“Too often we have a hard time with real dialogue, because we aren’t really very interested in what the other person is saying or who they are. We’re waiting for them shut up so we can get our point in.”
With Thanksgiving just around the corner, this is perhaps a good time to review the art of making conversation at the dinner table. I talked about this last week with Greg and Lisa Popcak on their radio program More2Life. The topic of the show was “Talk to Me”: the Popcaks offered listeners some great tips on communicating effectively. If you want to listen to the whole show here it is; my bit starts about twenty minutes into the show.
I’ll focus on grown-ups making conversation with children or teenagers, but these tips apply equally to conversations with just about anybody. Here are three things you’ll need if you want to become (or if you want your child to become) a great “deipnosophist” (somebody skilled in table talk):
1. Take an interest in the other person in your table conversation (yes, even if it’s a kid!)
Listen: The most important element in great table conversation isn’t the talking; it’s the listening. Too often we have a hard time with real dialogue, because we aren’t really very interested in what the other person is saying or who they are. We’re waiting for them shut up so we can get our point in. I know this only because I am guilty of doing it all the time!
Ask questions: Be curious about what your child or young guest is saying at the table. Repeat back to them what you’re hearing them say, even if you think you disagree with them. You may discover something new and fascinating about your young conversation partner!
Let a problem simmer: When a child or teen is struggling aloud with a problem over dinner, we often have an urge to announce a solution immediately. When we do this, the conversation ends. Foster a child’s problem solving and speaking skills by guiding them through potential options or points of view, allowing them to explore and weigh solutions.
Becoming more attuned in our conversations at the dinner table not only makes the meal more pleasant, but helps us become better Christians, too. Theology of the Body affirms that we are made for communion and self-giving love, and this requires the ability to both reveal ourselves and really see the other person. The dinner table is the perfect place for families to practice this together, especially with kiddos.
2. Allow time for real conversation to unfold
You (or your child) won’t learn the art of conversation by taking a class. You learn it by doing it with real people, and kids will learn it by doing it with people they love and trust.
When I first met my husband, one of the things I loved about him was the way he could talk about just about any subject – politics, literature, religion – in depth, respectfully, and with passion. When I visited his family in New Zealand it all made sense. His family not only talks a lot while they are eating, but the sit around after dinner talking – sometimes for hours. I am grateful Barb & Ric prioritized table talk, because now I’m married to somebody who is helping our children enjoy it too.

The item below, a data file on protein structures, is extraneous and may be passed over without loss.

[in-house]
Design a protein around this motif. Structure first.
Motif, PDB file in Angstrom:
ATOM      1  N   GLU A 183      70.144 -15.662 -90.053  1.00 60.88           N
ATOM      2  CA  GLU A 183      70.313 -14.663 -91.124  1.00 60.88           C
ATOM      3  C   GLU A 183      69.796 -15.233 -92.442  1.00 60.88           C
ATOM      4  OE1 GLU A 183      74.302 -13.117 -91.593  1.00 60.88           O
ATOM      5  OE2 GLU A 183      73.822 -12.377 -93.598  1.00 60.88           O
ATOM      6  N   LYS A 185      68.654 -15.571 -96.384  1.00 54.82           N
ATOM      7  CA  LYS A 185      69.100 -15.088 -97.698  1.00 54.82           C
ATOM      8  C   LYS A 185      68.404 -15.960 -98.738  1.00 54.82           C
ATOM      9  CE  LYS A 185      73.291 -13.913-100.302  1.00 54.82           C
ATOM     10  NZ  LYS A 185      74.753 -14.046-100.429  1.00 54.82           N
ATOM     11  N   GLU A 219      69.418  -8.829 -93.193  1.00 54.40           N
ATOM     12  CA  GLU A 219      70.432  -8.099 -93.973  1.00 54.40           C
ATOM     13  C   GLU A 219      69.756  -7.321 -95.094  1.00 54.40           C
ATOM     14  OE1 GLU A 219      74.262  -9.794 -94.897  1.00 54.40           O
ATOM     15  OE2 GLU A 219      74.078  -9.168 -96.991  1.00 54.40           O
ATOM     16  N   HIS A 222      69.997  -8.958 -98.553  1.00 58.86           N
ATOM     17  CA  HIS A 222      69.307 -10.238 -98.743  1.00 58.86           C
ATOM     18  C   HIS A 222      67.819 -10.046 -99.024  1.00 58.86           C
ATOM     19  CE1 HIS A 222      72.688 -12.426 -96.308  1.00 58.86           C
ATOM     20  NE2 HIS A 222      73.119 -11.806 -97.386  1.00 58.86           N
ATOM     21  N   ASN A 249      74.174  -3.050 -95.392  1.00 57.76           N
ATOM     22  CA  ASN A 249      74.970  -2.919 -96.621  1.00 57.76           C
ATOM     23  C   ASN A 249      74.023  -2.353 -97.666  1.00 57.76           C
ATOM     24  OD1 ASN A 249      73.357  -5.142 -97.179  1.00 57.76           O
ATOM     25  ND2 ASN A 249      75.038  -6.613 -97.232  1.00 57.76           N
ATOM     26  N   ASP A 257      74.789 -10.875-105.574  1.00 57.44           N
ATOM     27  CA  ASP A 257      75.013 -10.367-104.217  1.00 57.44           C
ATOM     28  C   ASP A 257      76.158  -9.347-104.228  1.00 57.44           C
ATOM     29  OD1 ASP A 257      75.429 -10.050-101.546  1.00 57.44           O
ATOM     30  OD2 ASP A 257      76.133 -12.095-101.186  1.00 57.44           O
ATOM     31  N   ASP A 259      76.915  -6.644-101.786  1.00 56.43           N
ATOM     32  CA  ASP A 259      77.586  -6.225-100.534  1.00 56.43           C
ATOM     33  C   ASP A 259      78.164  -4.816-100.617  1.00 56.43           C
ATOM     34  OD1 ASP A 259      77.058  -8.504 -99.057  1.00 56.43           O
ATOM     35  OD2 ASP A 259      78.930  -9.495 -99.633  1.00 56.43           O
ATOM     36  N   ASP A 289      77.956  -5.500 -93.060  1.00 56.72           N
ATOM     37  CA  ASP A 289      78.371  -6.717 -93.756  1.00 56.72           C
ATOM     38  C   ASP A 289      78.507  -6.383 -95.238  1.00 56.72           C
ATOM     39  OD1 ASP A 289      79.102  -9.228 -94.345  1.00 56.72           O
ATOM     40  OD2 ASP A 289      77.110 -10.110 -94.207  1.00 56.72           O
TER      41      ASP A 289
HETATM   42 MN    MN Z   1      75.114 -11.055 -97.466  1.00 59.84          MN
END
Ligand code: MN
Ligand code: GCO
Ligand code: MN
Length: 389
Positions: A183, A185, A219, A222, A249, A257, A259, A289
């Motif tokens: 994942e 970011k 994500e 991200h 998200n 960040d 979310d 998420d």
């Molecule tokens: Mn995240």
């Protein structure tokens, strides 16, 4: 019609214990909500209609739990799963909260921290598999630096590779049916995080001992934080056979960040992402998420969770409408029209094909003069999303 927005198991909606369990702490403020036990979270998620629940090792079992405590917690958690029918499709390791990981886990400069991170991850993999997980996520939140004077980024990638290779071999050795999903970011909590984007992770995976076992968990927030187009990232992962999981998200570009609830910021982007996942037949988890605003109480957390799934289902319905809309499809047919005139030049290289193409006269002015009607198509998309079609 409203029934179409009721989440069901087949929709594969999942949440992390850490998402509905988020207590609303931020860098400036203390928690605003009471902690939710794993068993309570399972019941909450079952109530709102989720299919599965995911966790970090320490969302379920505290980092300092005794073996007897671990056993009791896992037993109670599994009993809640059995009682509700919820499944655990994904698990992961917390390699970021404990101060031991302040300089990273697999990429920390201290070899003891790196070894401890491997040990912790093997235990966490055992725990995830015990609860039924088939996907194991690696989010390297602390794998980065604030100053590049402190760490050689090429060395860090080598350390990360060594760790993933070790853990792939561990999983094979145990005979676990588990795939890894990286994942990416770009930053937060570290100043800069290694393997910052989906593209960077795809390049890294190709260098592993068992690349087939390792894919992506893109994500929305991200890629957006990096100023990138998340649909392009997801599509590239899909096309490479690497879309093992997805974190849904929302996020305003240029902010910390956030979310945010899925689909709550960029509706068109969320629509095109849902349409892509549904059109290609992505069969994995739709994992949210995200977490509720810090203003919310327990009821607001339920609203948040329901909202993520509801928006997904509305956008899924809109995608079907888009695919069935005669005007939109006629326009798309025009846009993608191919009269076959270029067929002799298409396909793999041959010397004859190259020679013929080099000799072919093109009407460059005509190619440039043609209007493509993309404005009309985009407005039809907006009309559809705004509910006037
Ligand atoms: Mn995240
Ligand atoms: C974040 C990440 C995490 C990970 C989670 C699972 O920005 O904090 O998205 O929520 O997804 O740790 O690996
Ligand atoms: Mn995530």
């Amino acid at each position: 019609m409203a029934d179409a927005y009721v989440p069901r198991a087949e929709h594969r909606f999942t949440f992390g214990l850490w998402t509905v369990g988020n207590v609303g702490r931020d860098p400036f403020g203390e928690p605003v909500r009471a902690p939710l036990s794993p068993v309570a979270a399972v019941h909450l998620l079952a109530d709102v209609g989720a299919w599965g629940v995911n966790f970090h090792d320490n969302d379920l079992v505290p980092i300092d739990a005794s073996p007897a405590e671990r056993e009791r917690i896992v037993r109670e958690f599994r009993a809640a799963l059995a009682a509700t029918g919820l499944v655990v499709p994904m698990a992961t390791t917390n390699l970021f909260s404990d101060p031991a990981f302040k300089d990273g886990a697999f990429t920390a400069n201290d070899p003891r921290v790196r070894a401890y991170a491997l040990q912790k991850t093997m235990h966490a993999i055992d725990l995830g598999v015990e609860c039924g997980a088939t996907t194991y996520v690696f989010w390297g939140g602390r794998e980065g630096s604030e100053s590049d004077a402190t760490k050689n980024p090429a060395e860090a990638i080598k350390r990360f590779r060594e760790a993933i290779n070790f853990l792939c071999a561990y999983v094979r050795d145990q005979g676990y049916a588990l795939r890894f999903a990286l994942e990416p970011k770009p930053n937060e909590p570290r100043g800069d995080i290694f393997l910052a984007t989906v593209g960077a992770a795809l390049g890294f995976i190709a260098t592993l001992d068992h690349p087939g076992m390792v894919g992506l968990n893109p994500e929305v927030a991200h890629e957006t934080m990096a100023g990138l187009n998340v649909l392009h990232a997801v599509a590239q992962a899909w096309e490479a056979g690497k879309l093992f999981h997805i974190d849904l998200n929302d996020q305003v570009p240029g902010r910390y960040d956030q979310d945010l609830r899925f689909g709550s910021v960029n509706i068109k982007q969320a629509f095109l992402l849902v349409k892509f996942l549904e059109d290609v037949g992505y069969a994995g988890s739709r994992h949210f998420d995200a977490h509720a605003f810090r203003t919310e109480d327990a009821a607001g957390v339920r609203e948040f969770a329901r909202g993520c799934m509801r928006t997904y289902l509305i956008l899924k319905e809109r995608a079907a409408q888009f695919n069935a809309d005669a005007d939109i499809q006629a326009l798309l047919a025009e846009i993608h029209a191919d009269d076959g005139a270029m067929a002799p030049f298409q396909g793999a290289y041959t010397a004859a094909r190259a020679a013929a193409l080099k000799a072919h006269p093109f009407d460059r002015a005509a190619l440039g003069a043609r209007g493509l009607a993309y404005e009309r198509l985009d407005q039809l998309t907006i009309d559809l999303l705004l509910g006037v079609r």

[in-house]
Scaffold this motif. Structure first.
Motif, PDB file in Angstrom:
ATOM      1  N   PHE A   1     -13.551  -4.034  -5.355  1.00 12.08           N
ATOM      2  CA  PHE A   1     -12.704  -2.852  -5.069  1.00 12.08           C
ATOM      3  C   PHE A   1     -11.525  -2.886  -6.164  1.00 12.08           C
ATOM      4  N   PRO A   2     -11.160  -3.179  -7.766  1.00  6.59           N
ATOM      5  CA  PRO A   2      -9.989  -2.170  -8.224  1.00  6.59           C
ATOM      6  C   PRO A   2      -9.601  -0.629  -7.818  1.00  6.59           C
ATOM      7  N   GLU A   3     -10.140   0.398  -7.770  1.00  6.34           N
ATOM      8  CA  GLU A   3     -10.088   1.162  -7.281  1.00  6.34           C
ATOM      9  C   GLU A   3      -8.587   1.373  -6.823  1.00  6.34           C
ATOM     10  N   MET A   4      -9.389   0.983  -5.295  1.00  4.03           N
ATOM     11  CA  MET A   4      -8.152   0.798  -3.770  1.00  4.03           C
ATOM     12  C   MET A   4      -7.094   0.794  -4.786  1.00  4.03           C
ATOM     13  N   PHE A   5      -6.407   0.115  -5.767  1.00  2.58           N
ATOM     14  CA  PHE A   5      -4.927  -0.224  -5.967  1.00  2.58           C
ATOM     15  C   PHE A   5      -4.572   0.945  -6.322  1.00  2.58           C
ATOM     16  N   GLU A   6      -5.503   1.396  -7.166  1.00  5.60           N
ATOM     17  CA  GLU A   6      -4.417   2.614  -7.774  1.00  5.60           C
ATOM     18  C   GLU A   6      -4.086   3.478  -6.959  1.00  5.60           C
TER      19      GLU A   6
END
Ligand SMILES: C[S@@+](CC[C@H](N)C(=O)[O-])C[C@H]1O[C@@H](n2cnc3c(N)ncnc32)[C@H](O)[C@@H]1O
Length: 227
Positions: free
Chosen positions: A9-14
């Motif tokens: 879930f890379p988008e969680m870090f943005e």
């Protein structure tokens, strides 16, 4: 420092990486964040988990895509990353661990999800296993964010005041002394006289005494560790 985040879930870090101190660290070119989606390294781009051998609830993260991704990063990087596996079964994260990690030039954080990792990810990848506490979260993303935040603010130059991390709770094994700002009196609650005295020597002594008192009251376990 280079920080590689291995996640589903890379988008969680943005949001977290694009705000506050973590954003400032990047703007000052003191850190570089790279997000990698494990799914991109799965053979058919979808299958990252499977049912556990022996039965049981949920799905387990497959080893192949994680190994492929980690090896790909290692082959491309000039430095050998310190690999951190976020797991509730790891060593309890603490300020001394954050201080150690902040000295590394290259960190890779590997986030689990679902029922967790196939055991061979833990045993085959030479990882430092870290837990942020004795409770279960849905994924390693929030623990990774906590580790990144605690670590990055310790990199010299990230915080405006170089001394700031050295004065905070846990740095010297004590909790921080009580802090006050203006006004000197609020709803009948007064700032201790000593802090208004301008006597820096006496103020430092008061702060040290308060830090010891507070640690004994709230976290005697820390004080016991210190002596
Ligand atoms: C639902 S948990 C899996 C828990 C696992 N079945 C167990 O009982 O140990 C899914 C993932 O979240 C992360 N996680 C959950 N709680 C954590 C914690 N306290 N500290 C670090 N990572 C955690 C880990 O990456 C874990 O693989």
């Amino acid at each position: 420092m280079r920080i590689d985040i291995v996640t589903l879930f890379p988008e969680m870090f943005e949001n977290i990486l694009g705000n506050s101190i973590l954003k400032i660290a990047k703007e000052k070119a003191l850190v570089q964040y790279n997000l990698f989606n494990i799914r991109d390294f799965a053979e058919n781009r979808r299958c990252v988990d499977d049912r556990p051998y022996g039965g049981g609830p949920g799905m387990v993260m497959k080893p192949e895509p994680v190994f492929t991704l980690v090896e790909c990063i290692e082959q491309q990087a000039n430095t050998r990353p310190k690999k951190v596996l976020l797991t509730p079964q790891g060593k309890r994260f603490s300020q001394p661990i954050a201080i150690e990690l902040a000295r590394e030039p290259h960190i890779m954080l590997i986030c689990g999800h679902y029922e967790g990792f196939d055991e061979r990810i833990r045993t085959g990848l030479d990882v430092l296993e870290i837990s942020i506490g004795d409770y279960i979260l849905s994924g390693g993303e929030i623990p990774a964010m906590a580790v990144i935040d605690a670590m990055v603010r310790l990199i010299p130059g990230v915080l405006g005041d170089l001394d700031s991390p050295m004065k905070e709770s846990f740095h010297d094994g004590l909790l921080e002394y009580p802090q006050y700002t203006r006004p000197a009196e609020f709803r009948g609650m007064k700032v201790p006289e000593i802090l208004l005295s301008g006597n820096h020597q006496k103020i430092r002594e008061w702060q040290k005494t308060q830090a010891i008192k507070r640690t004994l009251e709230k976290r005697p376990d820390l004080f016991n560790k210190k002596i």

We are all busy these days, often for good reason, but perhaps we can prioritize table talk at least one day a week. Ensure you aren’t rushed during dinner and allow time for debates and deep conversations to linger.
3. Have something to talk about: conversation starters
Some families have tons to talk about, but if you’re a quiet family and need some help getting started, plan conversation starters ahead of time. Have a basket of questions in the middle of the table. You can find conversation starter questions on-line or buy them (“Chat Packs” and “Table Topics” are bundled cards you can purchase), but you can also just make them up yourself. We featured conversations in two issues of Tender Tidings last year. You can find them here and here. The basic idea is to ask very open-ended questions: “What do you like to smell and why?”; “If you could have dinner with anybody in history, who would it be and why?”.
Another idea: If your children are older, read a newspaper column aloud at the beginning of dinner and then get their opinions about it. You can do something similar with poems. I’ve read a poem or saints story aloud to my children at lunch for many years. Sometimes they just think about it, and, to be frank, occasionally they seem distracted, but often they want to know more about what the poem or story means. A conversation begins.
Image credit: Monkey Business Images (thinkstockphoto.com)